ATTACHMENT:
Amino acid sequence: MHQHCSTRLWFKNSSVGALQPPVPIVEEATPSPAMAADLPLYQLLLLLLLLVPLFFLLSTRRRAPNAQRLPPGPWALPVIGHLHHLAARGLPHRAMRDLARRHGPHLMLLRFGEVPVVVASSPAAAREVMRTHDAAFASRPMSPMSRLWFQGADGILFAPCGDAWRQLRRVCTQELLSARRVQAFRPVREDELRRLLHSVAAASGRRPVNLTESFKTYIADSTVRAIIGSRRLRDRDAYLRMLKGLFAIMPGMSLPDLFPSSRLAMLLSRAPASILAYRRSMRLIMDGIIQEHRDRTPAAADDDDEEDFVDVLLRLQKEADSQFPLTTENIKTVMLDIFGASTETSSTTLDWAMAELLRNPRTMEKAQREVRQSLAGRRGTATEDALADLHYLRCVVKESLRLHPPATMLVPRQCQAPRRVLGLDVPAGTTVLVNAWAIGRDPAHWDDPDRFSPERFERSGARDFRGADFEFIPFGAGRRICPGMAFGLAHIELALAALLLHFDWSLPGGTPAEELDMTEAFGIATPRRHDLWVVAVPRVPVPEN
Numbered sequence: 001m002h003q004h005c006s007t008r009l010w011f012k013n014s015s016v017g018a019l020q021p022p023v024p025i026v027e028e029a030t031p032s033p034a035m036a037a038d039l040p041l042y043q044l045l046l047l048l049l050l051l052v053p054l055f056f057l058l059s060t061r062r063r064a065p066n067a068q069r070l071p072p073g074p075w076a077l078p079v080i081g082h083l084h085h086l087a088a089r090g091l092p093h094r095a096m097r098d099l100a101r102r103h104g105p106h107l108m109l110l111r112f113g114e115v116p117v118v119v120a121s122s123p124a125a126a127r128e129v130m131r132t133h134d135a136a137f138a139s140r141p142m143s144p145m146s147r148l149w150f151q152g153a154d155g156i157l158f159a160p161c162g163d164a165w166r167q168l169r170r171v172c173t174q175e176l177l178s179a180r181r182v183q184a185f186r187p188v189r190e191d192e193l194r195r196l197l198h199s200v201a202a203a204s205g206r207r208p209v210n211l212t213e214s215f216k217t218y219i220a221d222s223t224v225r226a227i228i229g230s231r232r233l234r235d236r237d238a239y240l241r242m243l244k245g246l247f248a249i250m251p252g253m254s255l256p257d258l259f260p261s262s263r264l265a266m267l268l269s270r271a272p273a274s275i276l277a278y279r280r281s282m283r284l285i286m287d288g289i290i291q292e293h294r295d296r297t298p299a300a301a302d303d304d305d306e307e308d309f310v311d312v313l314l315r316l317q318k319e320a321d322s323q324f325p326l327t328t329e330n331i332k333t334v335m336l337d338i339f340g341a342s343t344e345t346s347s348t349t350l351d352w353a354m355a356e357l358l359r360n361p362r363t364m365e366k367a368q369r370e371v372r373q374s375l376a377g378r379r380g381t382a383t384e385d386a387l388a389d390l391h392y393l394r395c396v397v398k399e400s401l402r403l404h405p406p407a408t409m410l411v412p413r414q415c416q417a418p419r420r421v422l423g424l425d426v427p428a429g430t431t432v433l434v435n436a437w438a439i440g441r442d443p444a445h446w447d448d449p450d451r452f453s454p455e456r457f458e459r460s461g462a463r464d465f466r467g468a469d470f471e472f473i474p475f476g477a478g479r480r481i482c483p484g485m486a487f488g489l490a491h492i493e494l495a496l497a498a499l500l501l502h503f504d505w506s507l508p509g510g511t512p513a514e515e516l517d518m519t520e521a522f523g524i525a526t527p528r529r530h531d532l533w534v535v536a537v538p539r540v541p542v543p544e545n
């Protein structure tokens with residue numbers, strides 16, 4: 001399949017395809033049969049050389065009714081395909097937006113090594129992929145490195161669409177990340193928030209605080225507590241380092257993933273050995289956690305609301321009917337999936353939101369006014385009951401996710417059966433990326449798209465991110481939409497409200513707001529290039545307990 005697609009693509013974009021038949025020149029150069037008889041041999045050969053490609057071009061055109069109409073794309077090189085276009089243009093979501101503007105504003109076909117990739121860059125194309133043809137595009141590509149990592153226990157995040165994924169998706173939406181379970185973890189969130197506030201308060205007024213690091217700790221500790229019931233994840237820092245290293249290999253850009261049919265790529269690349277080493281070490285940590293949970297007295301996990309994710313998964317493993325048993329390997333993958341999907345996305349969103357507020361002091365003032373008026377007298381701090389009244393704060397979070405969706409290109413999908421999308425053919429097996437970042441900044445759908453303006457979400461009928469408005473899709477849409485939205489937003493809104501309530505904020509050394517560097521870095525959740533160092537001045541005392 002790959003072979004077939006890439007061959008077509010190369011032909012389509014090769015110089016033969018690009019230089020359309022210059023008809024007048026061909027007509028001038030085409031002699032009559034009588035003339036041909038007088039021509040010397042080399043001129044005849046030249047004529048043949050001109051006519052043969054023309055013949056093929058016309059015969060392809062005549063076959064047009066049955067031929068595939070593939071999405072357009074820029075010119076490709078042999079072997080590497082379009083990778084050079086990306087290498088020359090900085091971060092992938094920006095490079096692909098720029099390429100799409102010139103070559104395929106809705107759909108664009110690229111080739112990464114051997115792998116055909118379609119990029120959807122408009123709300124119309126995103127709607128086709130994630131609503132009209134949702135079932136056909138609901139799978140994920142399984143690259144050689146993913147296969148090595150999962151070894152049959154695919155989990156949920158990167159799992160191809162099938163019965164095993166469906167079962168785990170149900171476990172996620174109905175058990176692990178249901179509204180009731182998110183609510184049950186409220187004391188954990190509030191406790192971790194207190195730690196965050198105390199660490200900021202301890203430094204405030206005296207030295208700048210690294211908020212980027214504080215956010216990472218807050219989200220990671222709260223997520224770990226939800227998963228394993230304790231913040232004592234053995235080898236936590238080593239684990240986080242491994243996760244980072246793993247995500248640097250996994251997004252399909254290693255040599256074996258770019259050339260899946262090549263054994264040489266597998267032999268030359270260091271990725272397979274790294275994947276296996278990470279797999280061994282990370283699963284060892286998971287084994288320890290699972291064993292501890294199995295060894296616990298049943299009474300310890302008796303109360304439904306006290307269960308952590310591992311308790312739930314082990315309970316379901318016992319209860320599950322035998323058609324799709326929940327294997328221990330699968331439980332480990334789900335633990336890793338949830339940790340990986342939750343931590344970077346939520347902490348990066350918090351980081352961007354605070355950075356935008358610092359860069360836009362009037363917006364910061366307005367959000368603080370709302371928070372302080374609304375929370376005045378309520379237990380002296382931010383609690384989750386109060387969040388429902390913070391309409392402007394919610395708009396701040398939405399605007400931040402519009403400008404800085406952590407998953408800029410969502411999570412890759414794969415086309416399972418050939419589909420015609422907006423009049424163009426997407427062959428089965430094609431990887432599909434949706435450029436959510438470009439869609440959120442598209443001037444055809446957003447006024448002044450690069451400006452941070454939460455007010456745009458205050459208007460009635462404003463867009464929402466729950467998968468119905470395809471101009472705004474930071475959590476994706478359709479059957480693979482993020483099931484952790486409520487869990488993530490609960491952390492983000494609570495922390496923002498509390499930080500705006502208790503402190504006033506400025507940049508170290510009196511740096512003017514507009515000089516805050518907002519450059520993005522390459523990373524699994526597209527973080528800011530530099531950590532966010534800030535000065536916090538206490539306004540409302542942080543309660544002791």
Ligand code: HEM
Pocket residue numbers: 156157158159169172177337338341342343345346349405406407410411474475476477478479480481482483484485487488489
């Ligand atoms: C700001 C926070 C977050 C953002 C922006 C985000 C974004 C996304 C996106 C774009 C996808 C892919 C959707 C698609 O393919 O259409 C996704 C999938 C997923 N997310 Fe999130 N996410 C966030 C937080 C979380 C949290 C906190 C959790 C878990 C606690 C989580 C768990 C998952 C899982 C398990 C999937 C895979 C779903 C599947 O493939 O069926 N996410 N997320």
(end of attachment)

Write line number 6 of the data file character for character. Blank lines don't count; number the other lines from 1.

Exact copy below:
């Ligand atoms: C700001 C926070 C977050 C953002 C922006 C985000 C974004 C996304 C996106 C774009 C996808 C892919 C959707 C698609 O393919 O259409 C996704 C999938 C997923 N997310 Fe999130 N996410 C966030 C937080 C979380 C949290 C906190 C959790 C878990 C606690 C989580 C768990 C998952 C899982 C398990 C999937 C895979 C779903 C599947 O493939 O069926 N996410 N997320």